In the discussion thread: U.S. senators introduce high-skill immigration bill in nod to Silicon Valley [View all]
Response to Skittles (Reply #1)
Wed Feb 13, 2013, 08:13 PM
WilmywoodNCparalegal (2,500 posts)
2. Cheaper talent?
The article clearly indicates that these foreign nationals would have to open up an enterprise in the U.S. and employ at least 2 full time workers. This means more business and more opportunities for U.S. workers too.
Plenty of start-ups in the Research Triangle Park area of NC were started by foreign nationals. Hell, I came to the U.S. because my dad managed the start-up phase after his Italian employer bought a tiny company in the middle of nowhere, North Carolina.
The reality is that the U.S. is losing talent to other countries because the legal immigration system is so slow, convoluted and lengthy. Countries like Australia and New Zealand are gobbling up numerous talented foreign nationals who would have come to the U.S. otherwise.
Most of these foreign nationals end up becoming lawful permanent residents and, in some cases, U.S. citizens. They contribute to their communities by paying taxes like everyone else, buying homes, sending kids to school, and adding some cultural variety. Most possess specialized skills or abilities that are uncommon, extraordinary or rare in the U.S.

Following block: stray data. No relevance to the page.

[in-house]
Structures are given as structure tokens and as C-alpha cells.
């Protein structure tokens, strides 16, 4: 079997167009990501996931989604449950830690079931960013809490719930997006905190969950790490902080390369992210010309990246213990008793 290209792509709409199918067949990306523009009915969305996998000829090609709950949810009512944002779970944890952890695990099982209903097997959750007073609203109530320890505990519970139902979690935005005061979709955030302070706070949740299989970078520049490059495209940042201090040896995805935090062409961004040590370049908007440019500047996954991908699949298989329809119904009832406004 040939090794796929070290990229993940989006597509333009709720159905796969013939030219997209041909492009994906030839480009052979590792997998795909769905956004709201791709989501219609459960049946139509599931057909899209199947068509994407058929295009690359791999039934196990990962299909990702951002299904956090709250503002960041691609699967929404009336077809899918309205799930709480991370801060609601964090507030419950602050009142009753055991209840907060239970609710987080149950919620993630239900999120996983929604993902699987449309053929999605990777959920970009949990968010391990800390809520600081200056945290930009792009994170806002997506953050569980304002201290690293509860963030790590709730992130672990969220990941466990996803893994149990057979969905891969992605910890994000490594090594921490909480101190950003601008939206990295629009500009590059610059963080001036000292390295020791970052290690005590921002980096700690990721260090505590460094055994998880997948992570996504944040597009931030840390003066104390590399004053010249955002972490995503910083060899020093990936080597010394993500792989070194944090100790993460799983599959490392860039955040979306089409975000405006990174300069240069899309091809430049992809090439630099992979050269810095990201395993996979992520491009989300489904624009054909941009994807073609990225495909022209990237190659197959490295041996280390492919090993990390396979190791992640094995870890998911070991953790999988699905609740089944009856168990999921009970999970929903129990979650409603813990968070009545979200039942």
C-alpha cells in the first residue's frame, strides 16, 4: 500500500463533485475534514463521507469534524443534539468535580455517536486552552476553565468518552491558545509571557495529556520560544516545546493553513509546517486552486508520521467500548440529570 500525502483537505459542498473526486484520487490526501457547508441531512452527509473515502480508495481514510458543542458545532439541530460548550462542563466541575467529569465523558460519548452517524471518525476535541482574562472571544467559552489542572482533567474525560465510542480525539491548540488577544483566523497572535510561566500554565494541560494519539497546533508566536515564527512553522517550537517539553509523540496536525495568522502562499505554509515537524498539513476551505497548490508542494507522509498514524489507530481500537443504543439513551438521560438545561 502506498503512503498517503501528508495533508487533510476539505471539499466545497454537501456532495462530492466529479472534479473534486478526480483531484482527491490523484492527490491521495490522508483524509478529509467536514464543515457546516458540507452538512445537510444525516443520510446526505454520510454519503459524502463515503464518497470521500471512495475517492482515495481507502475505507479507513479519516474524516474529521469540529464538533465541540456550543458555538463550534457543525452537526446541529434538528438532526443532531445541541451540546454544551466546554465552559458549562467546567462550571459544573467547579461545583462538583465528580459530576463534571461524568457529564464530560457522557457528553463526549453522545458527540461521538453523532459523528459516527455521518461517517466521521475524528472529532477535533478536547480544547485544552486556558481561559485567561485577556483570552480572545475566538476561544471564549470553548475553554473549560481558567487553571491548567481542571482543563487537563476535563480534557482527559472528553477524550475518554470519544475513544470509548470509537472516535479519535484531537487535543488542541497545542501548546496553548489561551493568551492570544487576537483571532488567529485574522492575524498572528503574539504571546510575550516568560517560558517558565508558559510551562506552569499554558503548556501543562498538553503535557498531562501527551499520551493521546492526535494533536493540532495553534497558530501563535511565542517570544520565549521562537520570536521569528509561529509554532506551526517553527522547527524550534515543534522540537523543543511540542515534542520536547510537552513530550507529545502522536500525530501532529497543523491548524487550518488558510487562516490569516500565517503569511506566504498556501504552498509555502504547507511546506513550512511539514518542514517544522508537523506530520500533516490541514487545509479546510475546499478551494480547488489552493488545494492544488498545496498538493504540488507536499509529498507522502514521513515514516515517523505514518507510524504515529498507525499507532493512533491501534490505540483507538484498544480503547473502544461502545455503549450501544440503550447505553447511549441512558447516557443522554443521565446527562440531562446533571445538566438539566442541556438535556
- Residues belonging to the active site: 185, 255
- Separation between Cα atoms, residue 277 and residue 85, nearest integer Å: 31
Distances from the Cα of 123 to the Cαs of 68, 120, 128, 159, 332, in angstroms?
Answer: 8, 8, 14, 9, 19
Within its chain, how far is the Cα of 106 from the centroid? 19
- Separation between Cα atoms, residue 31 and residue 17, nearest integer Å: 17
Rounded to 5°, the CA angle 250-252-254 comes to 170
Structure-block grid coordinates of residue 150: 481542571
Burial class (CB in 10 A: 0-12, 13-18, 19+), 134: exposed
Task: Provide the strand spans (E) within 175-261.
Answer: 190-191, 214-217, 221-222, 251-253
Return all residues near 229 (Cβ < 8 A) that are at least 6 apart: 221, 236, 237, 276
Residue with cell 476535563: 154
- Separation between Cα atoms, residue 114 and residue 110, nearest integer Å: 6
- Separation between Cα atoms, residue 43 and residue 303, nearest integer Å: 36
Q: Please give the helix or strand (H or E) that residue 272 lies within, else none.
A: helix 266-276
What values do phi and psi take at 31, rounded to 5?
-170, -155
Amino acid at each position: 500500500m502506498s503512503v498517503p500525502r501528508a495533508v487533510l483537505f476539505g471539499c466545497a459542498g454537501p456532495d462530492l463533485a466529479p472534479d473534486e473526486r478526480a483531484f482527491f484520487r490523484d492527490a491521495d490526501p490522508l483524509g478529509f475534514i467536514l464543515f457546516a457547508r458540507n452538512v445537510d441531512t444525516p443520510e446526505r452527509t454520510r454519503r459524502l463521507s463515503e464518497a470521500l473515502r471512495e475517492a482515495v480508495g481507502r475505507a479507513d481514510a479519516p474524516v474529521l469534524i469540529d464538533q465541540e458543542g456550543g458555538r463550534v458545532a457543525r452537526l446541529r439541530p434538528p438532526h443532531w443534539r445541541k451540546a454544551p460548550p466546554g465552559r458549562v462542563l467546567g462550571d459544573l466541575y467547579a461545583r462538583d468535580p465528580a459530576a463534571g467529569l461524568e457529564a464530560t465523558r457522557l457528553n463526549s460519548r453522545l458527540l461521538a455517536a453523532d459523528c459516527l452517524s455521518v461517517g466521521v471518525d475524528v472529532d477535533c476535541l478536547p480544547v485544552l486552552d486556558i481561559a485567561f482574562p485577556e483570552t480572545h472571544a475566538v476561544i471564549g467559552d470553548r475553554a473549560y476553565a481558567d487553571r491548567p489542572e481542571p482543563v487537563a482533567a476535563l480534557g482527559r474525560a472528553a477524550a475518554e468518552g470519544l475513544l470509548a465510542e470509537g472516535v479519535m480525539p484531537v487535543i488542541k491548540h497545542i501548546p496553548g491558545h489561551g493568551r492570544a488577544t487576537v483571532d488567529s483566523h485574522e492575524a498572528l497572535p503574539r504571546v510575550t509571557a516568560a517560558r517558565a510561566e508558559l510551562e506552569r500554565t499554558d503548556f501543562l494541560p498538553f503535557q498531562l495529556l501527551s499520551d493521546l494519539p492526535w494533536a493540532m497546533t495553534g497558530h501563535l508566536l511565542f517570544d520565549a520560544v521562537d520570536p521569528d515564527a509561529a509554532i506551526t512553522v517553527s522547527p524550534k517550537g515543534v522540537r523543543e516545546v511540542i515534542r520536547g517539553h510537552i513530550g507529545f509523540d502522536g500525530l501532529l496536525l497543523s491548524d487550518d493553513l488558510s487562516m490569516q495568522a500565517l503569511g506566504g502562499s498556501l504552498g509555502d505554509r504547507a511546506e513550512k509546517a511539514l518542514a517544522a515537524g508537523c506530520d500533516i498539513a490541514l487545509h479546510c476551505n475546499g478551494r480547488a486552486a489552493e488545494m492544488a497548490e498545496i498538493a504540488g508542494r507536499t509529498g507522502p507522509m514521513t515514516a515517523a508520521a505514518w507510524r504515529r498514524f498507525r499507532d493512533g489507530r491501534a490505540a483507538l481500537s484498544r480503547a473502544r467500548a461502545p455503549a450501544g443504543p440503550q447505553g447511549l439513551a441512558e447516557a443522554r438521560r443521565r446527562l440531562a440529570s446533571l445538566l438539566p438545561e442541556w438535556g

I fail to see how a progressive community like DU can be in favor of a looser policy on illegal immigration, while at the same time being fervently against a solid reform of the legal immigration process which is getting ridiculous.
I am also saddened to see many on DU posting about various visas without knowing or at least learning about what they are, who can qualify, etc. from reputable sources.
In my many years on DU, I've often commented and corrected various posts on immigration topics, but it has often been a futile effort. The same stuff is recycled over and over as gospel - Computerworld articles (not an unbiased source), FAIR (not an unbiased source), a YouTube video from many years ago that does not involve H-1Bs at all (though many on DU insist otherwise), etc., while apparently those few DUers who actually work in the field - I being one of them, among a few others - are being derided and accused to be corporatists against U.S. workers.
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